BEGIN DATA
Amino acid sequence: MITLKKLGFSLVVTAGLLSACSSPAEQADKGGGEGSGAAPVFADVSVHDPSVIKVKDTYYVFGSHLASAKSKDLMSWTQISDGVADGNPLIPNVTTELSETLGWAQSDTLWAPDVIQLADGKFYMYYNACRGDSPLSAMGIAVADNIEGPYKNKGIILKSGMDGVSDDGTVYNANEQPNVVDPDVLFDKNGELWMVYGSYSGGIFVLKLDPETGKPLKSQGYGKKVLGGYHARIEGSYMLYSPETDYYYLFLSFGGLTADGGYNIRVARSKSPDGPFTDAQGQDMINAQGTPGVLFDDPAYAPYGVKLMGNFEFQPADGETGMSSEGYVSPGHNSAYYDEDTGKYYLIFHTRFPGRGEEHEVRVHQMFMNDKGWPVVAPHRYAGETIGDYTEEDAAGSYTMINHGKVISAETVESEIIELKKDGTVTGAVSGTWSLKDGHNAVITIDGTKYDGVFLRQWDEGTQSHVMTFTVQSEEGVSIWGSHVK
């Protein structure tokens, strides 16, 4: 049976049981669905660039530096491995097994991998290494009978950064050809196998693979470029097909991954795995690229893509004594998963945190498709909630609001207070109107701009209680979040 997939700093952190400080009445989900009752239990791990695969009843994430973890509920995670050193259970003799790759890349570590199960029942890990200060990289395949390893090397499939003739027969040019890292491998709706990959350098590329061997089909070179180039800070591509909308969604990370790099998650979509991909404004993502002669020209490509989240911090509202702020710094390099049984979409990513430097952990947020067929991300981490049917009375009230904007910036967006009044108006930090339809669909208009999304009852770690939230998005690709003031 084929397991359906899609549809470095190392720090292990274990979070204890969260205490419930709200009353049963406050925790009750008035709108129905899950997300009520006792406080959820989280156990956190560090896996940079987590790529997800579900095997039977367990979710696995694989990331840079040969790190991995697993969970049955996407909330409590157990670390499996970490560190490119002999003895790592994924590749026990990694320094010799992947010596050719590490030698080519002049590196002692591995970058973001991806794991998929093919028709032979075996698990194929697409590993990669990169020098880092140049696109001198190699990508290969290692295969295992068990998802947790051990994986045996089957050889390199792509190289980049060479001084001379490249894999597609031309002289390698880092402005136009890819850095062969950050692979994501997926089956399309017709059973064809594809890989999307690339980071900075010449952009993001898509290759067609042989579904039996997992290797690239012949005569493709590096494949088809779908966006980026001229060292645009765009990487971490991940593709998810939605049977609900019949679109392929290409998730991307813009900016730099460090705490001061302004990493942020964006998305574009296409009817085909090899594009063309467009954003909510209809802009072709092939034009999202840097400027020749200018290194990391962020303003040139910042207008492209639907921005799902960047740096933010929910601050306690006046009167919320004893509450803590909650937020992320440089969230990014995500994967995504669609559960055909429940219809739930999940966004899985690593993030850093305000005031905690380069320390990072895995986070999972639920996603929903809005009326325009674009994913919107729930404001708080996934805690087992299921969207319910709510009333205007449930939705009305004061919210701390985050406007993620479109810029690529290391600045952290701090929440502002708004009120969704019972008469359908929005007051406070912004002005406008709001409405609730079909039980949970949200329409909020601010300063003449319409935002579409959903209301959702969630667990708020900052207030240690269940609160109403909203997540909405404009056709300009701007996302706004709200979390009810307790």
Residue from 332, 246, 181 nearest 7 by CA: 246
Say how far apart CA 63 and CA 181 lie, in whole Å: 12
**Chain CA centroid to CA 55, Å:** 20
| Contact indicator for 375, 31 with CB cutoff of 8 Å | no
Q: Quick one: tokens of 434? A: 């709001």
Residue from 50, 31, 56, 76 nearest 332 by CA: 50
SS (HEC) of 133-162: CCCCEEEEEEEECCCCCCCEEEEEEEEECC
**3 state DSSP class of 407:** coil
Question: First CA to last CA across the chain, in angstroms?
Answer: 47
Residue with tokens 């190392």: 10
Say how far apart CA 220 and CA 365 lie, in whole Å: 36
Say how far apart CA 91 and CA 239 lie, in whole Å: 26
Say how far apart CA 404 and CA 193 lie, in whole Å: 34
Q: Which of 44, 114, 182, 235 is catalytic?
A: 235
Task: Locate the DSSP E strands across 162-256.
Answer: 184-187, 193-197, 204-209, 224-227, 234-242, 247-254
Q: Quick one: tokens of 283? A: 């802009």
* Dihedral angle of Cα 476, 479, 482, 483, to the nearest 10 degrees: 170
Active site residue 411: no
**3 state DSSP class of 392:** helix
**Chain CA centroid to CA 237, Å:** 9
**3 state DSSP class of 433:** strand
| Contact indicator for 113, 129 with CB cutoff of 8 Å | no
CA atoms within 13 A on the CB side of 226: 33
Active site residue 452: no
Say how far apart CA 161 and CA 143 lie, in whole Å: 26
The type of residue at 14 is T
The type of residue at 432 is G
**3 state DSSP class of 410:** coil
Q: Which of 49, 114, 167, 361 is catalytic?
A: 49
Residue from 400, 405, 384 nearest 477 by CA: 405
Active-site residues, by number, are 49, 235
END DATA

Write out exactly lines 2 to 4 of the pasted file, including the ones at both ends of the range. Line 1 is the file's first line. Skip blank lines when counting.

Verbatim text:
């Protein structure tokens, strides 16, 4: 049976049981669905660039530096491995097994991998290494009978950064050809196998693979470029097909991954795995690229893509004594998963945190498709909630609001207070109107701009209680979040 997939700093952190400080009445989900009752239990791990695969009843994430973890509920995670050193259970003799790759890349570590199960029942890990200060990289395949390893090397499939003739027969040019890292491998709706990959350098590329061997089909070179180039800070591509909308969604990370790099998650979509991909404004993502002669020209490509989240911090509202702020710094390099049984979409990513430097952990947020067929991300981490049917009375009230904007910036967006009044108006930090339809669909208009999304009852770690939230998005690709003031 084929397991359906899609549809470095190392720090292990274990979070204890969260205490419930709200009353049963406050925790009750008035709108129905899950997300009520006792406080959820989280156990956190560090896996940079987590790529997800579900095997039977367990979710696995694989990331840079040969790190991995697993969970049955996407909330409590157990670390499996970490560190490119002999003895790592994924590749026990990694320094010799992947010596050719590490030698080519002049590196002692591995970058973001991806794991998929093919028709032979075996698990194929697409590993990669990169020098880092140049696109001198190699990508290969290692295969295992068990998802947790051990994986045996089957050889390199792509190289980049060479001084001379490249894999597609031309002289390698880092402005136009890819850095062969950050692979994501997926089956399309017709059973064809594809890989999307690339980071900075010449952009993001898509290759067609042989579904039996997992290797690239012949005569493709590096494949088809779908966006980026001229060292645009765009990487971490991940593709998810939605049977609900019949679109392929290409998730991307813009900016730099460090705490001061302004990493942020964006998305574009296409009817085909090899594009063309467009954003909510209809802009072709092939034009999202840097400027020749200018290194990391962020303003040139910042207008492209639907921005799902960047740096933010929910601050306690006046009167919320004893509450803590909650937020992320440089969230990014995500994967995504669609559960055909429940219809739930999940966004899985690593993030850093305000005031905690380069320390990072895995986070999972639920996603929903809005009326325009674009994913919107729930404001708080996934805690087992299921969207319910709510009333205007449930939705009305004061919210701390985050406007993620479109810029690529290391600045952290701090929440502002708004009120969704019972008469359908929005007051406070912004002005406008709001409405609730079909039980949970949200329409909020601010300063003449319409935002579409959903209301959702969630667990708020900052207030240690269940609160109403909203997540909405404009056709300009701007996302706004709200979390009810307790």
Residue from 332, 246, 181 nearest 7 by CA: 246
Say how far apart CA 63 and CA 181 lie, in whole Å: 12